380RE: Hammock Camping Re: Bottom Quilt for HH...
- Jan 30, 2003
MessageMy feelings too, Debra. I assume the Cunningham/Burton table refered to 'stay-alive' temps, not the 'toasty warm' temps I need for comfortable sleep. Your experience in cold temps confirms this. Your table is more in line with what I'd recommond to others. Thanks for compiling it. I too have culled sleeping bag manufacturer's bag ratings, but also find them too optimistic. Although I'm still collecting data, my numbers for recommended hammock bottom insulation are probably going to be very close to yours....Ed
I don't believe the Cunningham/Burton table. At least it sure
wouldn't work for me. Here's a sleeping table put together from my own
experience and by checking some sleeping bag loft vs temperature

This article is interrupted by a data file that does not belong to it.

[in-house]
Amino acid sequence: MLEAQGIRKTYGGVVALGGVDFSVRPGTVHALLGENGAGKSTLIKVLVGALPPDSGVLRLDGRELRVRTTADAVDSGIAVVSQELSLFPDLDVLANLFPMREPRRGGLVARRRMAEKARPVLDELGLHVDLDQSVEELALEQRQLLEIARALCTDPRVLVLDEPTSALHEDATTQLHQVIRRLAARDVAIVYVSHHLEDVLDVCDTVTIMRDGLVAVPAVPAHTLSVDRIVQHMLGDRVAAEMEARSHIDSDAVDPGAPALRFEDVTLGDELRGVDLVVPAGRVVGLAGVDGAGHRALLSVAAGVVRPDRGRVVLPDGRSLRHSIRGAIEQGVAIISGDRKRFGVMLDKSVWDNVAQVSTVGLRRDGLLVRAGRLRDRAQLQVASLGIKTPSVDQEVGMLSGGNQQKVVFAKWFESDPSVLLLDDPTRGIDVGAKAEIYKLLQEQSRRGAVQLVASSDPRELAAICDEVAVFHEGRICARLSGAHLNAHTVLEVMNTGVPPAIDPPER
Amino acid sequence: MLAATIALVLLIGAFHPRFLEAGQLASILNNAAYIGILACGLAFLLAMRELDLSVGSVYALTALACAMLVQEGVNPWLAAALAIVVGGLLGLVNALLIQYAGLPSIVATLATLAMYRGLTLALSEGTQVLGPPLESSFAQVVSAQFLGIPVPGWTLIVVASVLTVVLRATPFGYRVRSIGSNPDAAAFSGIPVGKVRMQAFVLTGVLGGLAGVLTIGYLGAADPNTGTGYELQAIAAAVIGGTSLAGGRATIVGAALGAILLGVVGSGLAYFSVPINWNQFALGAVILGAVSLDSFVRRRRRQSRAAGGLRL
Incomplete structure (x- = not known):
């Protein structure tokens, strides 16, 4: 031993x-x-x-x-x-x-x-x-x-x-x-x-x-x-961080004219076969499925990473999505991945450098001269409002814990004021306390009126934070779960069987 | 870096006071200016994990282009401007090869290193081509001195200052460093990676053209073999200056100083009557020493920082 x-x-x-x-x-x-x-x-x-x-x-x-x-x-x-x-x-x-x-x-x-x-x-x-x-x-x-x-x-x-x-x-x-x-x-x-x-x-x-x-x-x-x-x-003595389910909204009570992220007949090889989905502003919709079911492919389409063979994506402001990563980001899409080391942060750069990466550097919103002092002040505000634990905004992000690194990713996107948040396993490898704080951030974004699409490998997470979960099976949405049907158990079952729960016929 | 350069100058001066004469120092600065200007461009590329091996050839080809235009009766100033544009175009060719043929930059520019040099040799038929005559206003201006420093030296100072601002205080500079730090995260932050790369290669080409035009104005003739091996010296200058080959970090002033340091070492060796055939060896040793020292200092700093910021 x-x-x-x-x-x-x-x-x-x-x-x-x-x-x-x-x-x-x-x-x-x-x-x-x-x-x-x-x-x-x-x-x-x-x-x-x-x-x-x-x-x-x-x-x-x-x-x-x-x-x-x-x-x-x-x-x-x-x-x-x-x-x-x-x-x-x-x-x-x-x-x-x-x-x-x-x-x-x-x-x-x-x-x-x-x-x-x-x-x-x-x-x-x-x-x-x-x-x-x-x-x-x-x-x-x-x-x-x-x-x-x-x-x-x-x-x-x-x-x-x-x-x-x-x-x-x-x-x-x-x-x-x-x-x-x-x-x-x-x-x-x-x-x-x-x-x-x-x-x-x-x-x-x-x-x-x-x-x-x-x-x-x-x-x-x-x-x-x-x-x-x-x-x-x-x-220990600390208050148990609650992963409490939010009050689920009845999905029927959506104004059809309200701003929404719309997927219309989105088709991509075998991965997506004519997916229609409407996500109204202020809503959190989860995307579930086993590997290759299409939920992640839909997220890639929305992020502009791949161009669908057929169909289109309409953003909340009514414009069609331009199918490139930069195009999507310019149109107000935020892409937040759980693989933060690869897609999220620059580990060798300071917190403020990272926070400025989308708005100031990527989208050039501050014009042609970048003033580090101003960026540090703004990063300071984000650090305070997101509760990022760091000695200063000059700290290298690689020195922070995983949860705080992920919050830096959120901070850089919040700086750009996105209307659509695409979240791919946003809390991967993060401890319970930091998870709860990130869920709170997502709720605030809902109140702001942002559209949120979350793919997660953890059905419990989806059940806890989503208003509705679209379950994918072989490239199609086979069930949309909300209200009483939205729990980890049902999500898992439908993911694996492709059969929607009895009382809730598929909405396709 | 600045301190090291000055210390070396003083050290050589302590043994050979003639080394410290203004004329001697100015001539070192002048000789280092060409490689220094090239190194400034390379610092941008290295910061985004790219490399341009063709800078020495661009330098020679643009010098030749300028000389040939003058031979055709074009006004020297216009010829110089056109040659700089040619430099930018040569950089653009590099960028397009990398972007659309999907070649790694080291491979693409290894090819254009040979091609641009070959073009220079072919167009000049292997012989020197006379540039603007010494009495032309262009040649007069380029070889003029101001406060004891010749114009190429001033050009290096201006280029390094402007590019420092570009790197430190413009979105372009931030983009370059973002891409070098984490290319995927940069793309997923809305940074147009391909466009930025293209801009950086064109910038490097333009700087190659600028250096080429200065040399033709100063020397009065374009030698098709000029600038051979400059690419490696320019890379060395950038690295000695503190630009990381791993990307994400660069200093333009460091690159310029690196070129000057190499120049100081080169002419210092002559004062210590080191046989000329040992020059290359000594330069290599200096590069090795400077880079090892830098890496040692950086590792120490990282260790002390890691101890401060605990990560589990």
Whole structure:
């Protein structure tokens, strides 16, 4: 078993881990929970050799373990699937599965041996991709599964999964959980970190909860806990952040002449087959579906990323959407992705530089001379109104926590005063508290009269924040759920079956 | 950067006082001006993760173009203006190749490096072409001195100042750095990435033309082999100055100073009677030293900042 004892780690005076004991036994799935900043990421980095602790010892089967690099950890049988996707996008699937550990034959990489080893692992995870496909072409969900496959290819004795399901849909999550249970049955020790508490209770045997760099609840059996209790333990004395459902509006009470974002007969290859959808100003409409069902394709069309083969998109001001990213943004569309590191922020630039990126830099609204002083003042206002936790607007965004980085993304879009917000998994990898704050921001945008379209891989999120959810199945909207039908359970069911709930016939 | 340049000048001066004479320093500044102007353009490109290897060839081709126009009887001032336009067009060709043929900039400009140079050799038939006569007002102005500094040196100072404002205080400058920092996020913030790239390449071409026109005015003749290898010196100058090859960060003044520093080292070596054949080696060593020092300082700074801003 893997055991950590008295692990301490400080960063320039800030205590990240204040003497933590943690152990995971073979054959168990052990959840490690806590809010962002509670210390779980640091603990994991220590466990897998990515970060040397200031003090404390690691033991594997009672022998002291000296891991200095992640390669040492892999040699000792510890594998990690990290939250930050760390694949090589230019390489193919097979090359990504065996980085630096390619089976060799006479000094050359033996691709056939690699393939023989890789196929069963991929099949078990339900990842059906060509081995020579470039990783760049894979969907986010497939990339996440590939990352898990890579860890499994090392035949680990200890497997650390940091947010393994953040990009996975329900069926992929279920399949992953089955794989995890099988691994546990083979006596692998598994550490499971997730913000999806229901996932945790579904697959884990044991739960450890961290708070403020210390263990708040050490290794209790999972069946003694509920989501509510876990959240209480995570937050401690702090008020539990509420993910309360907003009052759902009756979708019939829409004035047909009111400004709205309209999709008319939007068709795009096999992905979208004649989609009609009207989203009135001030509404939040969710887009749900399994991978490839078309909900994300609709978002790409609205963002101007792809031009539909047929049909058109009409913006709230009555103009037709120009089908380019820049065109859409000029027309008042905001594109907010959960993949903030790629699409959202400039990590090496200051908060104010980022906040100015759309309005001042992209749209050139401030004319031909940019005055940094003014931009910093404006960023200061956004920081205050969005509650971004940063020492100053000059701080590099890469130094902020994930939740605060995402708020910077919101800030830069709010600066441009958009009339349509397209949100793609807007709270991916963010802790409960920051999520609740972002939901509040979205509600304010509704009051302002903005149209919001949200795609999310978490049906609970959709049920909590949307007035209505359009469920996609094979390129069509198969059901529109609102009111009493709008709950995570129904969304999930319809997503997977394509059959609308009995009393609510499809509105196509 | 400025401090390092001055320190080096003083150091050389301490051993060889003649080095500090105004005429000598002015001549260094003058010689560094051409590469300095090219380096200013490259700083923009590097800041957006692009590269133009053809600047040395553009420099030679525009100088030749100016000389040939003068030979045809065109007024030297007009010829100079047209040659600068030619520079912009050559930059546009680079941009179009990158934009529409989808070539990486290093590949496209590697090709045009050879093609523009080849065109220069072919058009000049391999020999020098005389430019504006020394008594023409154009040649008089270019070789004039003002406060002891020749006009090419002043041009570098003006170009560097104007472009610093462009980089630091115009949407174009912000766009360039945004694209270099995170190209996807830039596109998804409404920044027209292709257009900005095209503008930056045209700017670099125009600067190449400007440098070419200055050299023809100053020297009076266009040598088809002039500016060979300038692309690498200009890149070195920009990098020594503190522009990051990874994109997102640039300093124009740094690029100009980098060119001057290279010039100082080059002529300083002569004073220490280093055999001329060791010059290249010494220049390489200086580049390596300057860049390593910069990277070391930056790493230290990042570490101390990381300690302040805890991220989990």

ratings (but watch out for manufacturer's rating - they can be way
off). I may sleep colder than alot of people, but I've been winter
camping in New England for years and know what works for me down to
-26F. This assumes minimal clothing inside the sleeping bag but use
in a tent or other environment protected from wind.
Temp. Sleeping Bag Loft Single Thickness
40 3-3.5 1.5-1.75
30 4 inches 2.0
20 5.5 2.75
10 6-6.5 3-3.25
0 7 3.5
-10 7.5-8 3.75-4
-20 8-9 4-4.5
> Gerry Cunningham in "Light Weight Camping Equipment and How to Make
> ed. page 117 quotes a table from A.C. Burton, "Man in a Cold
> Williams & Wilkins Co., 1955. which gives the required thickness
from skin to
> the outer garment layer.
> Temp. Sleeping Light Work Heavy Work
> 40°F 1.5" 0.8" 0.20"
> 20°F 2.0" 1.0" 0.27"
> 0°F 2.5" 1.3" 0.35"
> -20°F 3.0" 1.6" 0.40"
> -40°F 3.5" 1.9" 0.48"
> -60°F 4.0" 2.1" 0.52"
> I have tried and failed to find the original work.
> Bill Murdoch
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